“Legally, the scope of the rights that a company has in user and/or user-generated content depends on the grant of rights provisions in its Terms of Service,” said Michael Kasdan of Amster Rothstein & Ebenstein. This means that companies must spell out clearly what their rights are for users in order to guarantee maximum monetisation of the site’s content.
Under Facebook’s proposed model for Instagram yesterday, a third-party company could pay Facebook for images it may want to use, but Facebook is under no obligation to compensate the user, said Kasdan. “Notably, there is no opt-out provision; the choice for a user is either to use Instagram and give up these rights, or to use another service,” he added.
Instagram competitors like Flickr mobile have taken a different approach, requiring the express permission of the user before sharing photos with third parties, and sharing compensation with the user.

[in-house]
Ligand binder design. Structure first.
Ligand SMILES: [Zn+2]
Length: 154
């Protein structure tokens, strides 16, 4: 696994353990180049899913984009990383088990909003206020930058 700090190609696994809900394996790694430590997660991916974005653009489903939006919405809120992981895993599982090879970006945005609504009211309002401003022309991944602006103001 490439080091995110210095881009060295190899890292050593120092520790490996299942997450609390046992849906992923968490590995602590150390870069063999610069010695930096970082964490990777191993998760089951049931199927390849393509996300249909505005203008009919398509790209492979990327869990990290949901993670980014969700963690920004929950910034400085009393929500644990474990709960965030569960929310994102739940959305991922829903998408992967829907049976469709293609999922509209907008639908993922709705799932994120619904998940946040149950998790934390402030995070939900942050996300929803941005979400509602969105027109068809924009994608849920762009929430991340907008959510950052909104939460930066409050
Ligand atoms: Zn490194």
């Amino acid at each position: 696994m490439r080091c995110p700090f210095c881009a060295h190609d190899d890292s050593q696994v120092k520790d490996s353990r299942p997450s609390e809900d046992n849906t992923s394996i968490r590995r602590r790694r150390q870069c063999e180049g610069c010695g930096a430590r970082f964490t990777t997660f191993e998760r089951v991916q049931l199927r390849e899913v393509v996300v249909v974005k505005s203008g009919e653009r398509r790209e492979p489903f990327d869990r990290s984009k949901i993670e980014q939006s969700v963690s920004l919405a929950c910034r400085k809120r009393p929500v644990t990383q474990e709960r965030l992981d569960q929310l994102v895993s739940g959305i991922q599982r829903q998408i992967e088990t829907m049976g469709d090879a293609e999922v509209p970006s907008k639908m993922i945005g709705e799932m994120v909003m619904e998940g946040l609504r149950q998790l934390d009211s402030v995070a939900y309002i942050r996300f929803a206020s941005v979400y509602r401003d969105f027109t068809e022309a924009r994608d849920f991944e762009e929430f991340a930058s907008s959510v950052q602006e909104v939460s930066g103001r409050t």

Angry users, including Mark Zuckerberg’s wedding photographer, immediately voiced their concerns on Instagram yesterday.
“Ultimately, the market will decide” if this is a sound business decision for Facebook, said Kasdan following the announcement. “What we are seeing right now is a very strong and negative reaction among the user-base.”
Today, Instagram responded to the market’s concerns by backtracking on the changes, promising to “fix any mistakes, and eliminate the confusion”.
Kevin Systrom, co-founder of Instagram, continued in his blog post: “As we review your feedback and stories in the press, we’re going to modify specific parts of the terms to make it more clear what will happen with your photos.”
Systrom also said the site will remove the language about using users’ photos in ads.“We do not have plans for anything like this and because of that we’re going to remove the language that raised the question,” he wrote.
"The market has spoken," said Kasdan. "And [Facebook is] listening."
For more tips on writing effective Terms of Service provisions, see Kasdan's and Charles Macedo's July article on the topic for Managing IP.